Jinnah and secularism; Dr Ishtiaq Ahmed distorts history yet again

By Yasser Latif Hamdani

“Professor emeritus” Dr Ishtiaq Ahmed is the sort who loves to take liberties with the facts.  In his article today “Jinnah and secularism” he has resorted to two outright lies which need to be exposed so that people are not misguided.

The article began well enough: “The vision of Pakistan Jinnah spelled out on August 11, 1947 is the closest any leader in the Indian subcontinent approximated to an ideal secular state: a state that treats its citizens as equals irrespective of their caste, creed or colour.”  Agreed.  

Then Ishtiaq sb goes on to say: “However, when someone asked him if he was prescribing a secular state, Jinnah retorted dismissively that India was a secular state and he surely did not have in mind any such ideal.”

This is not true. There is no evidence for it but instead we have evidence to the contrary. Kiran Shankar Roy had asked Jinnah in his point of order to clarify whether Pakistan would be a secular state or not to which Jinnah had made the 11th August speech.

Dr. Ishtiaq Ahmed again lies out of his teeth when he claims the following (a claim that he has made on several occasions):

“He gave assurances to Manki Sharif that the Sharia would apply to the Muslims of Pakistan.  He wanted Pir Sahib to believe that Sharia would be the law of the land and that is exactly how Manki Sharif understood him.

The portion in italics is hogwash.  The line that Mullahs and Ishtiaq Ahmed do not openly quote is that Jinnah said that the affairs of the Muslim community shall be run according to shariat.  Nowhere was it said that the law of the land will be Sharia. In fact it is clear from the context of the letter that Jinnah interpreted and understood the word shariat in the same sense as the Shariat Application Act of 1937.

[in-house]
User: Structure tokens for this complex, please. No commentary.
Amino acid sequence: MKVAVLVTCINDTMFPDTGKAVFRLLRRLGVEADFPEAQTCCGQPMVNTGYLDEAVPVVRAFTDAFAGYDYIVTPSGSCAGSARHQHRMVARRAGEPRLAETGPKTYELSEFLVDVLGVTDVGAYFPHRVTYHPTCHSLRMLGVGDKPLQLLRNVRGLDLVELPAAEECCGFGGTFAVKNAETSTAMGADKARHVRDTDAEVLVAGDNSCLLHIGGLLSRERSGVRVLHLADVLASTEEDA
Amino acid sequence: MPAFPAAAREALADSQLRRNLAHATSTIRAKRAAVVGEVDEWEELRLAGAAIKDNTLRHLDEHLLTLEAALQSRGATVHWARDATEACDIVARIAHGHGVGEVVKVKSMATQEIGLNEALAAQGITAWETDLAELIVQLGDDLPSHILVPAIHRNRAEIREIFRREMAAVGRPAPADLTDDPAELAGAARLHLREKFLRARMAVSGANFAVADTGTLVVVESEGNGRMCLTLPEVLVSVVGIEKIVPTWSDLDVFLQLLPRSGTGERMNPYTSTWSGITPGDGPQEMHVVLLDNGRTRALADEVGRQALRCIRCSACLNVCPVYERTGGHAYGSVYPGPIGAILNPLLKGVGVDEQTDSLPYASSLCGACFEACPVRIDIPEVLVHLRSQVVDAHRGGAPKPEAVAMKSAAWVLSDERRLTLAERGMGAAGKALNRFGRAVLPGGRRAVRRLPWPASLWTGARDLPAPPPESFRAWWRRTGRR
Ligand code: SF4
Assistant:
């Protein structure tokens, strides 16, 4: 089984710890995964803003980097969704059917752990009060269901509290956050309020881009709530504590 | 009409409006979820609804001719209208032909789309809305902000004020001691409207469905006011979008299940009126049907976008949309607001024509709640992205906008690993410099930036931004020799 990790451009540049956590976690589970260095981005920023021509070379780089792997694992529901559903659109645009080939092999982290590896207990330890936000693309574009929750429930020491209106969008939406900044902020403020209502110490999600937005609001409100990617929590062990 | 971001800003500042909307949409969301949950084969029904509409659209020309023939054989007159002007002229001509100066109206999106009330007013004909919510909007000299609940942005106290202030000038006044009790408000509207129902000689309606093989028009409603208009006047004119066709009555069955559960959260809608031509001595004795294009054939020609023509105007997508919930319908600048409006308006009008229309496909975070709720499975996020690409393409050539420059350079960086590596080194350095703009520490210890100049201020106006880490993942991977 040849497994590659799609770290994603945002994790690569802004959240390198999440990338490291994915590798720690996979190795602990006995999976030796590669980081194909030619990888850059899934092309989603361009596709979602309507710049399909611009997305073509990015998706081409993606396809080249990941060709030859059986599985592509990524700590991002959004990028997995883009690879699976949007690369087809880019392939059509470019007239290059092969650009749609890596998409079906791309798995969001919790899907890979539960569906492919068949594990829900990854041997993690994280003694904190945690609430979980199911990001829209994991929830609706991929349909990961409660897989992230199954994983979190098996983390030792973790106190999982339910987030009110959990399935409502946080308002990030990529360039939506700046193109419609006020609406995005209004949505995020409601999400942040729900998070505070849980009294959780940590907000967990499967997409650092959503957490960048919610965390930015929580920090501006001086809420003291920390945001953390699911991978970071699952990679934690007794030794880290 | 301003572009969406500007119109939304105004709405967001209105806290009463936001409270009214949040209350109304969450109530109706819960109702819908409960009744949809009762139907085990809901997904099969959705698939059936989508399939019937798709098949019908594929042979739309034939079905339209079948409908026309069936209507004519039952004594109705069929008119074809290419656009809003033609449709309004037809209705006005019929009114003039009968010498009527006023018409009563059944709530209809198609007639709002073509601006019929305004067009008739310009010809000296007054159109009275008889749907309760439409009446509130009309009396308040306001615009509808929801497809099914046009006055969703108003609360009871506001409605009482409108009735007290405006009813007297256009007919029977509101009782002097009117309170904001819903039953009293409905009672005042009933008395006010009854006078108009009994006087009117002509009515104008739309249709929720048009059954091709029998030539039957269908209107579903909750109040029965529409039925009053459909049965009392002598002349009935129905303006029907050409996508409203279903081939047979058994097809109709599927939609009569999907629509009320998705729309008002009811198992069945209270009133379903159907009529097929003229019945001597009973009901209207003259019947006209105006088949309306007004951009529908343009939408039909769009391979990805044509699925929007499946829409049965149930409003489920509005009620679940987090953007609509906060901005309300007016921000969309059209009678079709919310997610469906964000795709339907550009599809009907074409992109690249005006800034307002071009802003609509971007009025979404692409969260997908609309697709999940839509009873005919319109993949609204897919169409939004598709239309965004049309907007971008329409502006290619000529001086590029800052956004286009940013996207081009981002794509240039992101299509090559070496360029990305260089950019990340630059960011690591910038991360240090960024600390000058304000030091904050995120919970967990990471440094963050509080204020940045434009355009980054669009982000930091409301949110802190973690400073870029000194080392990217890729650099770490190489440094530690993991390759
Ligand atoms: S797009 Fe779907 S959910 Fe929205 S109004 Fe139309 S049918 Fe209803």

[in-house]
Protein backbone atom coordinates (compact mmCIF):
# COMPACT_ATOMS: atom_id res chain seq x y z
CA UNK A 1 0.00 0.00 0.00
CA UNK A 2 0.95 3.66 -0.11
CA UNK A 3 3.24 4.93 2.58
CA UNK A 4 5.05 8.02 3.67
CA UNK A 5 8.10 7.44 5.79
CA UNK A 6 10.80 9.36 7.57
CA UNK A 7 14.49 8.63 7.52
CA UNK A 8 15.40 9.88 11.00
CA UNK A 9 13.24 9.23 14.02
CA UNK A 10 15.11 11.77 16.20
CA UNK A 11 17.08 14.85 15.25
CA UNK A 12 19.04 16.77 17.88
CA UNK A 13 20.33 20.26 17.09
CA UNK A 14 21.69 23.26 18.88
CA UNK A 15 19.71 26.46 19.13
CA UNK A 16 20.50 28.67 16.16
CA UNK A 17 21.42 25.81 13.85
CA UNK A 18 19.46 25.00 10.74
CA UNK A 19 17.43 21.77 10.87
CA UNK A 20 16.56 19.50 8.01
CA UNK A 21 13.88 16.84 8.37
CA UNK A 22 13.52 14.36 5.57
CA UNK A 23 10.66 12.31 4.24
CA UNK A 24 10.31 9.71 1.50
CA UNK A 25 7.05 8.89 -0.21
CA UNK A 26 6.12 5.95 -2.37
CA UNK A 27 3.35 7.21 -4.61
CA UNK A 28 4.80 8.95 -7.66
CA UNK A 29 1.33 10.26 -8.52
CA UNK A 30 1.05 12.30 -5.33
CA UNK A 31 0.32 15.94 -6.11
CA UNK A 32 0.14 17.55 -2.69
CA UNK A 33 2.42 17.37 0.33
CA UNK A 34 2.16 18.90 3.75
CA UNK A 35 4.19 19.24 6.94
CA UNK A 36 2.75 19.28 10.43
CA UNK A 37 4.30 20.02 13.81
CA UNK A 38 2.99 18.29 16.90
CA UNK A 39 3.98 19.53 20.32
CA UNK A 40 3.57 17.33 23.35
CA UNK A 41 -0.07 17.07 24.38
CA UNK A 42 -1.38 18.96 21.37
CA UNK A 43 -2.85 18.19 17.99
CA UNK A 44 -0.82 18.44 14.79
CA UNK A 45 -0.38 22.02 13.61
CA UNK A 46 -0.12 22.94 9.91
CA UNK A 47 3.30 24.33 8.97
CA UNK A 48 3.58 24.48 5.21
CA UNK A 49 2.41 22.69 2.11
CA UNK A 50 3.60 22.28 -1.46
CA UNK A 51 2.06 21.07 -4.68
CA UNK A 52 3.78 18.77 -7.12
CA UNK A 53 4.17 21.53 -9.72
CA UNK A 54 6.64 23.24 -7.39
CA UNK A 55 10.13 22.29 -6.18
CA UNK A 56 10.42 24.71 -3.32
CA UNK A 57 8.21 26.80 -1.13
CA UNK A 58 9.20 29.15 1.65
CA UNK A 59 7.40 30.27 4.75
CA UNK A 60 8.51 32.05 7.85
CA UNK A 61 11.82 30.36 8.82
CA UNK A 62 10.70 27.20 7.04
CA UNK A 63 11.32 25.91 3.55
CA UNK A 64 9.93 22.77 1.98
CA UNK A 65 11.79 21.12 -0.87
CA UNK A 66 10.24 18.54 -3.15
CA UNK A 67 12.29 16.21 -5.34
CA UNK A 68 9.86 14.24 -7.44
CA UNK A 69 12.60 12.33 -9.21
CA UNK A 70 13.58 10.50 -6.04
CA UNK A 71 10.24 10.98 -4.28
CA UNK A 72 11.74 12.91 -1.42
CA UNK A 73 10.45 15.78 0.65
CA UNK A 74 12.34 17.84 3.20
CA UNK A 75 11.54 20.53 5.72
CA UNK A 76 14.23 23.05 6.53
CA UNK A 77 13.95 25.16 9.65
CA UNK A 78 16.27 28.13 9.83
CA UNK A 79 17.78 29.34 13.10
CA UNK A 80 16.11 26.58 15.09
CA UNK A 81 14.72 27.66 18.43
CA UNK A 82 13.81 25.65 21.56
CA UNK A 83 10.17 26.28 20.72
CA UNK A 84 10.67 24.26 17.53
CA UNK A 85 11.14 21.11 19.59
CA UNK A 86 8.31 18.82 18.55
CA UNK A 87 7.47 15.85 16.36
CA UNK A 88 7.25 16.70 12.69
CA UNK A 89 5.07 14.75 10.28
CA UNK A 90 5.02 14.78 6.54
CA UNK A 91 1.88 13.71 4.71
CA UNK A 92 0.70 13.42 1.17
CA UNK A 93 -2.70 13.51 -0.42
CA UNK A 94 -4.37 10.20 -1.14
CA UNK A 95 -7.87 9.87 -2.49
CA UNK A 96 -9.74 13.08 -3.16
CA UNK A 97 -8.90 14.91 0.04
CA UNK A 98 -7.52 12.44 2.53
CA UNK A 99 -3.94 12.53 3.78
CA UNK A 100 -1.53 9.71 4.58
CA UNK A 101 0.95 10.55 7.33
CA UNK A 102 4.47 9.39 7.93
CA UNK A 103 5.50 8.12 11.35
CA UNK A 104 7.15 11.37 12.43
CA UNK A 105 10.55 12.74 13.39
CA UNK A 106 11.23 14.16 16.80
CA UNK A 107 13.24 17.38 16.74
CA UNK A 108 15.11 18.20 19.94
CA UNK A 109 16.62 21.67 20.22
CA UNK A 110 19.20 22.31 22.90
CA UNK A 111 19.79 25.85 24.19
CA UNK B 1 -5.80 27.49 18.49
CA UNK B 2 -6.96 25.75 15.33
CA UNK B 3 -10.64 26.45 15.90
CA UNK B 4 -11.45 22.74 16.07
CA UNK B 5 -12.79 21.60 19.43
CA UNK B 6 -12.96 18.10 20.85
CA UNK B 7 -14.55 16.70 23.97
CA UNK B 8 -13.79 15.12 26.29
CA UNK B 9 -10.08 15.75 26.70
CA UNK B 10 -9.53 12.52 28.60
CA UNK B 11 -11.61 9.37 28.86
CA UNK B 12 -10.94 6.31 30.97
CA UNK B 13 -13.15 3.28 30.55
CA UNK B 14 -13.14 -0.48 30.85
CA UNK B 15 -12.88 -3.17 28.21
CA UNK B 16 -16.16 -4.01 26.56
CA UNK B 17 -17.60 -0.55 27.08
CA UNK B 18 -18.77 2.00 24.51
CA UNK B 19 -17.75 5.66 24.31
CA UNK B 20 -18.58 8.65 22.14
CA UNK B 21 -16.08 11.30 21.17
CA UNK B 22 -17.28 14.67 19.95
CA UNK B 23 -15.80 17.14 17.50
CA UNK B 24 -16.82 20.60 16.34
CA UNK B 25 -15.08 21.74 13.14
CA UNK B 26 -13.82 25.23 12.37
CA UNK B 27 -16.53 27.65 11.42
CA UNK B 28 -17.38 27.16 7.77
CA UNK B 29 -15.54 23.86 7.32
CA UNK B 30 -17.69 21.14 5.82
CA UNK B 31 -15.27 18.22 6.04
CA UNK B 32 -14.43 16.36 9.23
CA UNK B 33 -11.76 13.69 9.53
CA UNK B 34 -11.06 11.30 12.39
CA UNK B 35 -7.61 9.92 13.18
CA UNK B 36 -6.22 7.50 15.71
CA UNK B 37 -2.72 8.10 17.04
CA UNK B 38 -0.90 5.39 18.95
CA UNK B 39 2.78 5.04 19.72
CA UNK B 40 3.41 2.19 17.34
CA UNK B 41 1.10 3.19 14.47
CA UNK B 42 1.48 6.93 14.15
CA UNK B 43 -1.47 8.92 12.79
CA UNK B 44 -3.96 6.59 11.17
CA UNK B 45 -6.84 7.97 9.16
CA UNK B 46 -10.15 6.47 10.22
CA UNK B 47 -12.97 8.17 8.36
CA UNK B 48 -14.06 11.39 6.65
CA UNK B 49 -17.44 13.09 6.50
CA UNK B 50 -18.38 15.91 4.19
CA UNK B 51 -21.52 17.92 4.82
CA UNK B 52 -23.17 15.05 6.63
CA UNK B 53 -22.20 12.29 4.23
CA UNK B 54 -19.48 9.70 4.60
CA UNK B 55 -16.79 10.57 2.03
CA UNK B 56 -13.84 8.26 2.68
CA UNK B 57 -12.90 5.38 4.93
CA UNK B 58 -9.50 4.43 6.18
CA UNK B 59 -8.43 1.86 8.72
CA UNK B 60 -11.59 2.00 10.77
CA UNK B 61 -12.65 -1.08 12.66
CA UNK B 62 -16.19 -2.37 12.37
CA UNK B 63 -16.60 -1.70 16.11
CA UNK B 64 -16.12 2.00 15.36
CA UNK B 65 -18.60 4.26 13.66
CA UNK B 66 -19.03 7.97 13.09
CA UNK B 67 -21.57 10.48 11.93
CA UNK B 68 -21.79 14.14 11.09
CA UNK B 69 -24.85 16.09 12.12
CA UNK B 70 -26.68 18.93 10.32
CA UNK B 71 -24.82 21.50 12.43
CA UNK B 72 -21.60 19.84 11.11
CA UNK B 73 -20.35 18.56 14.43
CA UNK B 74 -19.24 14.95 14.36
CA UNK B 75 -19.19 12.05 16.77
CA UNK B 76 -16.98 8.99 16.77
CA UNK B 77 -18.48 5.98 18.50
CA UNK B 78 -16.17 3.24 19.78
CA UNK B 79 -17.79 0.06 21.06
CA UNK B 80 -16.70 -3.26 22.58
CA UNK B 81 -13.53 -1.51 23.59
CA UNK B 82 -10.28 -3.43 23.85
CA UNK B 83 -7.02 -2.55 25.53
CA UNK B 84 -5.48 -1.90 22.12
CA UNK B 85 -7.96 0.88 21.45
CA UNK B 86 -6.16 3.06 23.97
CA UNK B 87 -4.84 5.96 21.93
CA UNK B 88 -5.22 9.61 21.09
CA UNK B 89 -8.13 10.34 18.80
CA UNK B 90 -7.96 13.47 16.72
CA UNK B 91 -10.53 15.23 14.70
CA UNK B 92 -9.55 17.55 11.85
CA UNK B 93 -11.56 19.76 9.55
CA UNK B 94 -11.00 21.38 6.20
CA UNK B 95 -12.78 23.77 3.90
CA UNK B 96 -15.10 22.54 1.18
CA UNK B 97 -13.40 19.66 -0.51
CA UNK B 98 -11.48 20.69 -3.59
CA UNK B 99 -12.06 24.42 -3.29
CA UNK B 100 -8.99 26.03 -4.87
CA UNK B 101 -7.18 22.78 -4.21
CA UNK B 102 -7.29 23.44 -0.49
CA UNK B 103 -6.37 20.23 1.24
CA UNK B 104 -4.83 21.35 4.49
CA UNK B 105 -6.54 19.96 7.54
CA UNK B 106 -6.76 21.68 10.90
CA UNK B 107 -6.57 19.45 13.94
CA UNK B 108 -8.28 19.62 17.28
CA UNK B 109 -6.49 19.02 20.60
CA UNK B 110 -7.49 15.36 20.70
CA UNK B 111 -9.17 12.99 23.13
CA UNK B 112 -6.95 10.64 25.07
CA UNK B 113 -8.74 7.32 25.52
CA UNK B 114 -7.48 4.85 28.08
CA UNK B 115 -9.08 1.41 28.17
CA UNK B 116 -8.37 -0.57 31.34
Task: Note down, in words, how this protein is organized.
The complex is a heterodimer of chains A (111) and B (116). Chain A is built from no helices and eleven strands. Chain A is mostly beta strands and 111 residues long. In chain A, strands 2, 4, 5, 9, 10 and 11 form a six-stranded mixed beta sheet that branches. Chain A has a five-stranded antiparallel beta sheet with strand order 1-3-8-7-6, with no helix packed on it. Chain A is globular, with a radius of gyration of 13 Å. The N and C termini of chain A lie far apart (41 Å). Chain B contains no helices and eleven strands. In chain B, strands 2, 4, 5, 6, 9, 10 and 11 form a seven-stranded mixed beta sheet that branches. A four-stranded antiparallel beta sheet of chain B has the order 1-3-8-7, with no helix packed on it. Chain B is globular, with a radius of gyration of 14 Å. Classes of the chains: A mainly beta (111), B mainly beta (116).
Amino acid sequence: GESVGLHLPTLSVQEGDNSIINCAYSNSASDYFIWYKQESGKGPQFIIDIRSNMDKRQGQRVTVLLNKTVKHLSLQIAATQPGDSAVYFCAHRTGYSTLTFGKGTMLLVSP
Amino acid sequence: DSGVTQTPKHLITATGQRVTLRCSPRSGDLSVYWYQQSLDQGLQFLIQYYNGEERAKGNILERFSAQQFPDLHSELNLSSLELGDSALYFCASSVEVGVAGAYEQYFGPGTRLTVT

Section 2 of the Muslim Personal Law (Shariat) Application Act of 1937 of India reads:

“2. Application of Personal Law of Muslims.- Notwithstanding any customs or usage to the contrary, in all questions (save questions relating to agricultural land) regarding intestate succession, special property of females, including personal property inherited or obtained under contract or gift or any other provision of Personal law, marriage, dissolution of marriage, including talaq, ila, zihar, lian, khula and mubaraat, maintenance, dower, guardiaship, gifts, trusts and trust properties, and wakfs (other than chartities and charitable institutions and charitable and religious endowments) the rule of decision in case where the parties are Muslims shall be the Muslim Personal Law (Shariat).”

If one reads the Manki letter, it becomes clear that Jinnah did not promise sharia as the law of the land.  This is what people like Usmani and others wanted to claim and people like Ishtiaq Ahmed have bought this nonsense as the truth.

Finally – a secular state can mean different things. A state which treats all its citizens equally and creates no bars on the basis of faith is a secular state. This is what Jinnah wanted.

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